Drew Neisser is the Publisher of Social Media Explorer and Founder/CEO of Renegade, the NYC-based agency that has helped CMO’s find innovative ways to cut through since 1996. He is a recognized authority on non-traditional marketing techniques having won innumerable awards for creativity and campaign effectiveness and is the author of The CMO’s Periodic Table: A Renegade’s Guide to Marketing and is the host of the podcast series Renegade Thinkers Unite. Ranked in 2016 among Brand Quarterly’s “50 Marketing Thought Leaders Over 50,” he has been a featured marketing expert on ABC News, CBS Radio and the Tony Robbins podcast series among many others. Drew writes the CMO Spotlight column for AdAge and TheDrewBlog. He consults on digital / social media trends via the GLG network and sits on the boards of the Urban Green Council and Duke NY.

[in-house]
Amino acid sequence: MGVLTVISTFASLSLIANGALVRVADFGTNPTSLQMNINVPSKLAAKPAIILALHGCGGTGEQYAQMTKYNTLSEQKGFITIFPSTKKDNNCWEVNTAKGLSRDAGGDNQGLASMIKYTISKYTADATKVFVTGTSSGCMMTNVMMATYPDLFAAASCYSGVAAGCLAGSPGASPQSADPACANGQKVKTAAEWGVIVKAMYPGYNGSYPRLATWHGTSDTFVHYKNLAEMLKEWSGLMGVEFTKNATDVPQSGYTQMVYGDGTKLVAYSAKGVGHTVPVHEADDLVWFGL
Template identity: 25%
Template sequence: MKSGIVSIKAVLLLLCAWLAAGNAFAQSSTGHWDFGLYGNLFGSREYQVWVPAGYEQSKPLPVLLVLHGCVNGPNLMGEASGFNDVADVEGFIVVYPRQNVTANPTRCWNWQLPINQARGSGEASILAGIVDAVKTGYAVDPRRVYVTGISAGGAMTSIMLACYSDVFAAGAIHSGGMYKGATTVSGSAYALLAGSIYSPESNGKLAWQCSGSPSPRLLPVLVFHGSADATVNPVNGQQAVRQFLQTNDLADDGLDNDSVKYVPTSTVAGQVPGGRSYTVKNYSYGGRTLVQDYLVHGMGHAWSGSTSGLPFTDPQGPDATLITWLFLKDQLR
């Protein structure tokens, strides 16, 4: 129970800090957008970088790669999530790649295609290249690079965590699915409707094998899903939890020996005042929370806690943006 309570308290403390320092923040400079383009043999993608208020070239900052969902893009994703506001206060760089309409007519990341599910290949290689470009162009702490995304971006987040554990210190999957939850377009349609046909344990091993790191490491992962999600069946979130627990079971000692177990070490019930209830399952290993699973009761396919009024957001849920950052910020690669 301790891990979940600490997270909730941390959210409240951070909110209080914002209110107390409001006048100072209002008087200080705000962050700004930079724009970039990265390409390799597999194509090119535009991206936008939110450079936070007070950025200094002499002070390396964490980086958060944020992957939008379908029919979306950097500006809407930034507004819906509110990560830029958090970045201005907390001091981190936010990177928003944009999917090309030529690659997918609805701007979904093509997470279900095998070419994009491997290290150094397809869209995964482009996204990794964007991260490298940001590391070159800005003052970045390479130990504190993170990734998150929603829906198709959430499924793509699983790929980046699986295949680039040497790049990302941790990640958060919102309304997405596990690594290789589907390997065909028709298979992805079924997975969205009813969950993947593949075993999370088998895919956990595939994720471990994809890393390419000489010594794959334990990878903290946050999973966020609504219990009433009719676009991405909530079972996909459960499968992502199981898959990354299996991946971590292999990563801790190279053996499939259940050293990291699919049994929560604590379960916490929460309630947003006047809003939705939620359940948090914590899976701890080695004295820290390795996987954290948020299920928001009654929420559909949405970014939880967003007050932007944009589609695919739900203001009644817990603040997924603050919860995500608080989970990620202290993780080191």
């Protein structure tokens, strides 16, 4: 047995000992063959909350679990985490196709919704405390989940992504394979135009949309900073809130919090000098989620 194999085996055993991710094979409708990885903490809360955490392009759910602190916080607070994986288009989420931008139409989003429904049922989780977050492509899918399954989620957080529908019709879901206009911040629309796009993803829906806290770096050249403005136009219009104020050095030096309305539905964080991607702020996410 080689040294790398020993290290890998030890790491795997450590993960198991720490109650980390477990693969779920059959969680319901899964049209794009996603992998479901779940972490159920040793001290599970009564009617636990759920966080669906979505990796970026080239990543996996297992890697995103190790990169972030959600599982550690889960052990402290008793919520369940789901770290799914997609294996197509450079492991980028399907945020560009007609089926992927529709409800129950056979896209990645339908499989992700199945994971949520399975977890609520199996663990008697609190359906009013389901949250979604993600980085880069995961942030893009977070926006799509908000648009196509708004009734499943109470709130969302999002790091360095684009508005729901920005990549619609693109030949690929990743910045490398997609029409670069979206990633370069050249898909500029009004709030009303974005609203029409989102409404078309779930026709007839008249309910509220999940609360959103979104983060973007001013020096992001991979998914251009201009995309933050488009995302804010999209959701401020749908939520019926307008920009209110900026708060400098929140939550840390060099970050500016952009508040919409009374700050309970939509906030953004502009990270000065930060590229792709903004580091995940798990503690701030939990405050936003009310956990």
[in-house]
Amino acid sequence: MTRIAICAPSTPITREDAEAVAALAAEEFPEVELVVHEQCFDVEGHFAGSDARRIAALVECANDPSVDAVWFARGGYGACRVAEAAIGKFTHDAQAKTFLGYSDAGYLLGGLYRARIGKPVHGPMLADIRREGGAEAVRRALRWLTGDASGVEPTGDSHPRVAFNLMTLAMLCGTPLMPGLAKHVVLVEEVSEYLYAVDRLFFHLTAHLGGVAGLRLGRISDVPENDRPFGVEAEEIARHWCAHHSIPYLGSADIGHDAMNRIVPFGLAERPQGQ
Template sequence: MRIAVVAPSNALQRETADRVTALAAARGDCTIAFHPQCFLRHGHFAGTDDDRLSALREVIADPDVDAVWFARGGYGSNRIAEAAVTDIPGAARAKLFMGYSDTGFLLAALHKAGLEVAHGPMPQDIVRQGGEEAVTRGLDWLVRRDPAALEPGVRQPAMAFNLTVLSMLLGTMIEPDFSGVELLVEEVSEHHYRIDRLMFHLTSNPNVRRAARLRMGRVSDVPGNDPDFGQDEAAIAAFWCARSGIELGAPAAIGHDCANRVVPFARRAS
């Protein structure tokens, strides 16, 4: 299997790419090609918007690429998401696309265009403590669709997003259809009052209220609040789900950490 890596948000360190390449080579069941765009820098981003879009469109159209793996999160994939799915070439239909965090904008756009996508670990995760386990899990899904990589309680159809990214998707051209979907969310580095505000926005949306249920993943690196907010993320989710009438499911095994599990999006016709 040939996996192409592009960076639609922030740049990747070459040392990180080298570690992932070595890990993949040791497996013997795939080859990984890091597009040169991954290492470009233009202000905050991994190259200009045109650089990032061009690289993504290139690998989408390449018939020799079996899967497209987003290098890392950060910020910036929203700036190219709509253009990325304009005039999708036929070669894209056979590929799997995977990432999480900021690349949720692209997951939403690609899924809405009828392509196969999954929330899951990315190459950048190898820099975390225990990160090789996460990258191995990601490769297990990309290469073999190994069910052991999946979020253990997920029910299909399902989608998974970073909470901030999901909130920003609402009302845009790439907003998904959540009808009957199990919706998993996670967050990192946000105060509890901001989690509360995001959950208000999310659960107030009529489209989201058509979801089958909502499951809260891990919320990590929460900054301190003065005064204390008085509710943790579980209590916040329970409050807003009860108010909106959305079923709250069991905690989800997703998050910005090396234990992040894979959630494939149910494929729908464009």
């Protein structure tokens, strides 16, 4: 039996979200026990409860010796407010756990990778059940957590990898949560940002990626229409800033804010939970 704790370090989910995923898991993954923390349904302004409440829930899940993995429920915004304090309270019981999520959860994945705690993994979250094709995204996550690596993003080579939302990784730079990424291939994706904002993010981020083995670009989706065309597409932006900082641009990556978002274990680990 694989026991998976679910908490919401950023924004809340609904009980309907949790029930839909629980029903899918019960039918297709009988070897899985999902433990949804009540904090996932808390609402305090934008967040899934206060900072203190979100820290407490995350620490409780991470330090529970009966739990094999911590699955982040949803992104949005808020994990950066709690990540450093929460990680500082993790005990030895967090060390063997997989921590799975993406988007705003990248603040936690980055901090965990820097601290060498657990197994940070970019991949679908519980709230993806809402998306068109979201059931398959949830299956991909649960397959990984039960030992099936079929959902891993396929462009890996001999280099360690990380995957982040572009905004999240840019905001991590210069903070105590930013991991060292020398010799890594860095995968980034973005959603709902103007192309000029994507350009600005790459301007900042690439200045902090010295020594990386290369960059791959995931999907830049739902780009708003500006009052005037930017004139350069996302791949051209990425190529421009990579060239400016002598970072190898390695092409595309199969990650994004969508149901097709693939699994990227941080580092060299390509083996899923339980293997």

• Episode

    Idiot thinking words lose meaning due to frequency of use, lmao.

  • I Agree about omnichannel, especially because most of the time lazy people use it to broadcast the same message to 5 different groups. If you want to do that, only use one social media channel, or you’ll have all the authenticity of a street beggar in Monaco, please join my site, http://www.goseoo.com

  • “Not in my Wheelhouse”, or similar phrase, meaning it is not in my area of interest or expertise. I hear it in business, a lot, and on the news. I believe people think they sound cool when they use the term. it’s just another overused cliche.
    .

  • KCJones

    Perhaps a nitpick, but while I agree with #11 I make that specific to the plural “solutions”. Yes, “solutions” is vague and typically a red flag that “we don’t know what our value proposition really is, so -solutions-.”

    Having said that, “Solution” (singular) I think remains a great marketing term when accompanied by specificity: “We offer a solution for excessive cart abandonment” or “We offer a solution for excessive list unsubscribes” or similar…